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How hot should my E6600 really be??

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January 2, 2007 5:11:47 PM

Hi

Iv just built my first system ever and just want to know how hot my cpu should be getting.

Its been running for the last 6 hrs....installing all the stuff i lost when i had to format the hard drive, and my current temp is about 52 degrees. Under full load it goes upto 62ish (using intel thermal analysis tool). Is that too hot for this???

Also iv noticed it says my cpu is running at 2300 mhz rather than 2400.

Iv got a asrock 775dual vsta mobo and im running the cpu with the normal heat sink and fan that came with the cpu.

any solutions to the speed of the cores and are the temps too high??

More about : hot e6600

January 2, 2007 5:37:30 PM

62 at full load on TAT with the stock HSF sounds about right. The stock HSF is trash. Some more case ventilation might help some but if you really want it to run cooler, get a good aftermarket heatsink.

As for the speed issue, use CPUz and tell us what the multiplier and FSB are set to.
January 2, 2007 6:10:49 PM

Just as a reference point, my most recent build involved an e6300 overclocked to 3.01ghz. It ran at 37 degrees idle and depending on room temperature 47 to 51 degrees under load. It had an Arctic Freezer 7 Pro cooler on it and the fan control in the bios was disabled to allow for 100% speed all the time.

*oh yeah, and Arctic Silver 5 themal paste
Related resources
January 2, 2007 6:30:41 PM

37 idle and 51 load at 3.01ghz - What were you measuring with and what were you using to load the cores?
January 2, 2007 6:32:10 PM

Temp. monitoring - CoreTemp

To load cores - Orthos Prime
January 2, 2007 6:37:19 PM

Both cores were loaded to 100% for 3 hours of testing.
January 2, 2007 7:15:53 PM

Wow, those are some nice numbers... Wish I ran that cool. Might just be the difference in ambient temps. Overclocked to 2.66 my E6400 will run up 57 or 58 C at full load (measured with TAT or CoreTemp) at full load with my Big Typhoon cooler.
January 2, 2007 8:22:21 PM

my FSB is running at 256.2 rather than 266 (multiplier 9x)

Im guessing its probably cause of my crap DDR2700 memory :lol: 


as for the cpu temp, its fallen down to 48 now. My room was just waay too hot, so all the air going in was hot aswell :)  . I get the feeling when summer comes, im gonna have to invest in a better cooler.
January 3, 2007 12:58:25 PM

I was a bit worried at first when I heard others getting high 20s and low thirties for idle temps, but I guess they were just running below stock voltage or something. I kept the e6300 at stock voltage. The Big Typhoon is supposed to be a good cooler from everything I've read. Are you using Arctic Silver 5 thermal paste? Did you increase the vcore? The warmest the room was when I tested the e6300 was 72 degrees F. The coolest was 65 degrees F. That was when it ran at 47 degrees C under load. While the temps you are getting are definitely within spec, they do seem a little above average to me. Perhaps your ambient temps are just higher as you said.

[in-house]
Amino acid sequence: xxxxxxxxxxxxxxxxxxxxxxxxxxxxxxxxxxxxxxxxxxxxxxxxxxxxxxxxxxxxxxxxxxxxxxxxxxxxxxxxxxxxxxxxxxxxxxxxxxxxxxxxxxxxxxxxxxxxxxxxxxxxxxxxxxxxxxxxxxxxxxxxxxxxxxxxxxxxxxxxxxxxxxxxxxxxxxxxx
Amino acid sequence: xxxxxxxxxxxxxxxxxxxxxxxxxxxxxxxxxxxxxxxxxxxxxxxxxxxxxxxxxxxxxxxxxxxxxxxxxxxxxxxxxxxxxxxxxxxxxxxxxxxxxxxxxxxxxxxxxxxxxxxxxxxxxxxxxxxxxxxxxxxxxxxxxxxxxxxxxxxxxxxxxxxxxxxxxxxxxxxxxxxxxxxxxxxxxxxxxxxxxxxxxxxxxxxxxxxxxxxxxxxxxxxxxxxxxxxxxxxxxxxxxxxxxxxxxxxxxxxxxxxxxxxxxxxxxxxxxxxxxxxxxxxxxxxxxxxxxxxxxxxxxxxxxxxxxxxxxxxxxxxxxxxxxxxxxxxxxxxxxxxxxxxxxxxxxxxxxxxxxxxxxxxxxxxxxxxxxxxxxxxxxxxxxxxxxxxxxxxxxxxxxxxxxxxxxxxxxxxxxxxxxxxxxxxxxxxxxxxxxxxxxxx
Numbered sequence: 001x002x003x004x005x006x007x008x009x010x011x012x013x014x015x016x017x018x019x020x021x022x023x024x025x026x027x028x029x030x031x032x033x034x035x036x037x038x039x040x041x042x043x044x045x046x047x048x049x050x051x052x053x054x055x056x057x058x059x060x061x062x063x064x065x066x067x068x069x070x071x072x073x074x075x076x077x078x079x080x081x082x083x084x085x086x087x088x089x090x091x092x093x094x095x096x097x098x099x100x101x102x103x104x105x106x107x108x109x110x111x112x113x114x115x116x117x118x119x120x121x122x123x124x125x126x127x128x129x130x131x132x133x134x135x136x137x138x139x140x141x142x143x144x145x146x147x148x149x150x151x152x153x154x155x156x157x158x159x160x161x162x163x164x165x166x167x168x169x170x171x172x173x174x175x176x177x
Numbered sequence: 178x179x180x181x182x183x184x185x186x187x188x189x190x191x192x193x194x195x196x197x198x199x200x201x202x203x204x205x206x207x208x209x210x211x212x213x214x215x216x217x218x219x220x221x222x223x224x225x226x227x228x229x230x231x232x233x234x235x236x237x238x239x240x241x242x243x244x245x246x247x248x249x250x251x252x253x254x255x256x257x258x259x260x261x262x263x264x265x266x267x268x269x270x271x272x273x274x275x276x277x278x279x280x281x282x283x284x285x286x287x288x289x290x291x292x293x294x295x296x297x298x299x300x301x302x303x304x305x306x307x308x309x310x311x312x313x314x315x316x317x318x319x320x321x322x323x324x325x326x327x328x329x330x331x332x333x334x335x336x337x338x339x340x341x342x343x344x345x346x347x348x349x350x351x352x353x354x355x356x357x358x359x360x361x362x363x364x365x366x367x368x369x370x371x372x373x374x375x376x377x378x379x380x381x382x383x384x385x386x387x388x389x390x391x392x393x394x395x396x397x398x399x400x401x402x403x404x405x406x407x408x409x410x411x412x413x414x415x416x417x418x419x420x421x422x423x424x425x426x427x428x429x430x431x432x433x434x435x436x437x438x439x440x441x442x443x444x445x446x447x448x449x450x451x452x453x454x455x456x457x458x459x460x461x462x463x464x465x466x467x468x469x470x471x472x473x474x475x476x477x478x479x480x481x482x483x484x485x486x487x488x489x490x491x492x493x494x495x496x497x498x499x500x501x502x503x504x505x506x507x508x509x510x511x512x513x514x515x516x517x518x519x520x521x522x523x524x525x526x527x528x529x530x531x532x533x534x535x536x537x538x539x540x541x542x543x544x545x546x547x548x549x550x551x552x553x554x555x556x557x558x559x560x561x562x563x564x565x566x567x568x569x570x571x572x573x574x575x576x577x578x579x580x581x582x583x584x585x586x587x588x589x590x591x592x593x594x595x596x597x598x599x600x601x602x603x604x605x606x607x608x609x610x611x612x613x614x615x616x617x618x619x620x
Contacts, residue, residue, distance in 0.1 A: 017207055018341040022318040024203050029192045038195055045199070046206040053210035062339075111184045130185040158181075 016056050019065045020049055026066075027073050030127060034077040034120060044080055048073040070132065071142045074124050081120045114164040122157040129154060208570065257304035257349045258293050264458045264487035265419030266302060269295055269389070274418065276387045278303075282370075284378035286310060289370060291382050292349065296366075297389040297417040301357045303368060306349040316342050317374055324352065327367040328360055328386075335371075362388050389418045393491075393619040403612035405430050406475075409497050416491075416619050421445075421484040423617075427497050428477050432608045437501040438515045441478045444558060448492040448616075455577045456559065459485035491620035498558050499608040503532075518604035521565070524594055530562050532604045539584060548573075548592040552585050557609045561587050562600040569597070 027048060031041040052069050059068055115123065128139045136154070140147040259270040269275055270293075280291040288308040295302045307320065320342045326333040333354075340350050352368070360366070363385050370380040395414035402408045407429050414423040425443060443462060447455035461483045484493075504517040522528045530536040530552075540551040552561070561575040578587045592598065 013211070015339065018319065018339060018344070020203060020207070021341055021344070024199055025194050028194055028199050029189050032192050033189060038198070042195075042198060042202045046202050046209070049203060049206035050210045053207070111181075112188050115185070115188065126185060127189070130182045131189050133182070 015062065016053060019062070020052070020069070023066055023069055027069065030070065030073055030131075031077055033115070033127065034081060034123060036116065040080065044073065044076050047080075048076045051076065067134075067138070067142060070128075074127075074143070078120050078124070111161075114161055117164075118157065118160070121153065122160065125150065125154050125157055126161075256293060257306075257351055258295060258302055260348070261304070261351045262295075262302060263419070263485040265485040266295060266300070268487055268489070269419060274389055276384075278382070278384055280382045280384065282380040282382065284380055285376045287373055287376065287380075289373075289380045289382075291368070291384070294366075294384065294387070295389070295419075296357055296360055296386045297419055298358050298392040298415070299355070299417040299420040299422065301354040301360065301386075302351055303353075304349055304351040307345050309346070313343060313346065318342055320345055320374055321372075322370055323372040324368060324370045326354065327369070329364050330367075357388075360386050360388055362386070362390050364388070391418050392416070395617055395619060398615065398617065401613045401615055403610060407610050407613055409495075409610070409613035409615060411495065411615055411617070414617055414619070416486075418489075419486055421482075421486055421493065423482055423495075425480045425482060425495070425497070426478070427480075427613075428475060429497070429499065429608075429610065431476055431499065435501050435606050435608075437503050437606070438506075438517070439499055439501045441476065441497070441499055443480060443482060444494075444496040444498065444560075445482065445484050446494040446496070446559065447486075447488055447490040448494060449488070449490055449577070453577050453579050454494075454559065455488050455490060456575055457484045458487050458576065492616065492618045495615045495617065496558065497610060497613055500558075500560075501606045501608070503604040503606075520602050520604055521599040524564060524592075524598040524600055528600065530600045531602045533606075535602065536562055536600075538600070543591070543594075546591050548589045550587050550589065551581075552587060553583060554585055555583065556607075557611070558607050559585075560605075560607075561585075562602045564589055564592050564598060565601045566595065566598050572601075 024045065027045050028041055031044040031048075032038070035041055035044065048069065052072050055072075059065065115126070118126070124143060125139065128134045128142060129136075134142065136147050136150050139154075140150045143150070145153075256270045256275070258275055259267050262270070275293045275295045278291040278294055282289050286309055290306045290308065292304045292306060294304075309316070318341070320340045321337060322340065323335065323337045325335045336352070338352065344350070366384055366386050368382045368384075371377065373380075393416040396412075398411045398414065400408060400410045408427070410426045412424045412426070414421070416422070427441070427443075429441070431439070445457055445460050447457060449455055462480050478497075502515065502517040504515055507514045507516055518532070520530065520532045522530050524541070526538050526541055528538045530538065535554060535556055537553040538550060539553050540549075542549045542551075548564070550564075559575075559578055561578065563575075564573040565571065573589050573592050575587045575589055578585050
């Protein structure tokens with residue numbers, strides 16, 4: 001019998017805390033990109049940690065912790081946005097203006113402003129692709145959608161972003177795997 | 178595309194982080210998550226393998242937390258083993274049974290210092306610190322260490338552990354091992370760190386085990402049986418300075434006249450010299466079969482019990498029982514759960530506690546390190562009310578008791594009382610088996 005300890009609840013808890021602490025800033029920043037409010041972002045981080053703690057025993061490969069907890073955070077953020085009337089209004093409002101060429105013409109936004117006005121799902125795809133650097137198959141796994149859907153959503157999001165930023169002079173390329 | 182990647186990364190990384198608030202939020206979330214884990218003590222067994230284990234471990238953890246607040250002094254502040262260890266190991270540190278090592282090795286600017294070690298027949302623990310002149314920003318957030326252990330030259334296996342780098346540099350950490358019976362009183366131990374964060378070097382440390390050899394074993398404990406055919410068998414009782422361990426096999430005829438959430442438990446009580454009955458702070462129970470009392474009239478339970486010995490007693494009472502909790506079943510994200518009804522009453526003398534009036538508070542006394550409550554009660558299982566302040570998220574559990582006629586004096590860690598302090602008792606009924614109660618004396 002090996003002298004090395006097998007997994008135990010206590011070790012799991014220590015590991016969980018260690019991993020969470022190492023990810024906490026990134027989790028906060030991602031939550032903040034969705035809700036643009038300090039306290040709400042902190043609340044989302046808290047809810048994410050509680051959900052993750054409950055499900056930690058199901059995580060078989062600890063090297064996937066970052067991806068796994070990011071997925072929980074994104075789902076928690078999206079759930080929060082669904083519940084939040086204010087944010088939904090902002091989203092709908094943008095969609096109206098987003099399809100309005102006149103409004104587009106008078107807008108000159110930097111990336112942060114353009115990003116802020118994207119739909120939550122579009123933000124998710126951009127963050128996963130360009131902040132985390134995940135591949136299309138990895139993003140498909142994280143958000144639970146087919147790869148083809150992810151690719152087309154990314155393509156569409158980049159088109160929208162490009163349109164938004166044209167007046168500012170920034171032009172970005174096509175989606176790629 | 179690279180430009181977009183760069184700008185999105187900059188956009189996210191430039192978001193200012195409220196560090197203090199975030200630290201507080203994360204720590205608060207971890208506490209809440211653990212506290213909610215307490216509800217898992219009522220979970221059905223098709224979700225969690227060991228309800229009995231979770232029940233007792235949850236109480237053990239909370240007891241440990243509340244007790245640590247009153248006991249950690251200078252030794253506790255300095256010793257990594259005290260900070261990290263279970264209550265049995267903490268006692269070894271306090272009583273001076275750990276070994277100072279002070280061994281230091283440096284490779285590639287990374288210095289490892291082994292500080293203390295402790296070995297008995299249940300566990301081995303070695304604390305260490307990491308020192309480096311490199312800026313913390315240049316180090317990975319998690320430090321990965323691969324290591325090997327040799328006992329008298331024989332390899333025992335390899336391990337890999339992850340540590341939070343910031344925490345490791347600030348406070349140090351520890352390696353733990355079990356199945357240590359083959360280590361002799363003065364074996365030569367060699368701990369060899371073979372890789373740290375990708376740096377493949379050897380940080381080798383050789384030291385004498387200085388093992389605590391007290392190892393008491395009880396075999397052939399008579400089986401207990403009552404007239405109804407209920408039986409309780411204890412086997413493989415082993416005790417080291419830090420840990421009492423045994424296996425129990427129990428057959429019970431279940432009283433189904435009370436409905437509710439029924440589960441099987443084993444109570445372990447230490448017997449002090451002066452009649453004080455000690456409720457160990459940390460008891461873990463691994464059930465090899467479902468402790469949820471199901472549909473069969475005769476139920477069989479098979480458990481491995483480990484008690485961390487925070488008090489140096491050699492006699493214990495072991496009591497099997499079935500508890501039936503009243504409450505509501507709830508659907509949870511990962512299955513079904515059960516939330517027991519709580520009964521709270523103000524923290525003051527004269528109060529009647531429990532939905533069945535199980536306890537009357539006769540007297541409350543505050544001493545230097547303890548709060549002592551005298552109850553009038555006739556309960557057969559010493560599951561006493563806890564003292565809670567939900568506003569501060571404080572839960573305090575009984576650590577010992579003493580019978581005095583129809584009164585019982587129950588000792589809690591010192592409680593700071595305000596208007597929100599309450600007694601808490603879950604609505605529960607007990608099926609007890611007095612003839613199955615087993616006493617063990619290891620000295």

January 3, 2007 2:01:31 PM

My ambient is usually 72 - 74 F. My temps were a little cooler before adding the 8800 GTS. I think thats partially due to the added heat from the card and partially do to airflow obstruction from the front 120mm fan.

Hmm, maybe I should think about putting a side intake fan on.
January 3, 2007 2:15:10 PM

nope i just used the standard paste that was pre-applied on the heatsink. so thats probably why its high.

currently its idling at 47 and 100% load its at about 60. I'll change the paste and see what difference that makes when i get the time. As far as i can tell, i cant see any performance issues with the current temps. But better safe than sorry i suppose.


Also i got it to its normal clock speed. The mobo bio had it set on auto clock and for reasons unknown to me reduced the FSB to 256. As soon as i put that to manual the FSB went straight to 266 on its own. So now its running at its normal speed.
January 3, 2007 2:35:05 PM

Yeah, almost always a good idea to manually set things like FSB and RAM timings. Motherboard auto settings have always tended to screw things up in the past for me.
a c 79 à CPUs
January 3, 2007 2:37:01 PM

the later bios versions on that mobo all clock the fsb back to 256 and not 266, just 'overclock' it to 266 and it'll be back to normal. or drop down to the 1.90 bios. (the 1.90 bios also matains a lower fan speed, 1100 vs 2000)

My 6600 is running at low 50's under load, and low 30's idle, using the stock HSF and the slowest speed setting on the fan 1100rpm.

Have you fully 'clicked' in the stock HSF legs, its actually a good cooler, just tricky to fit.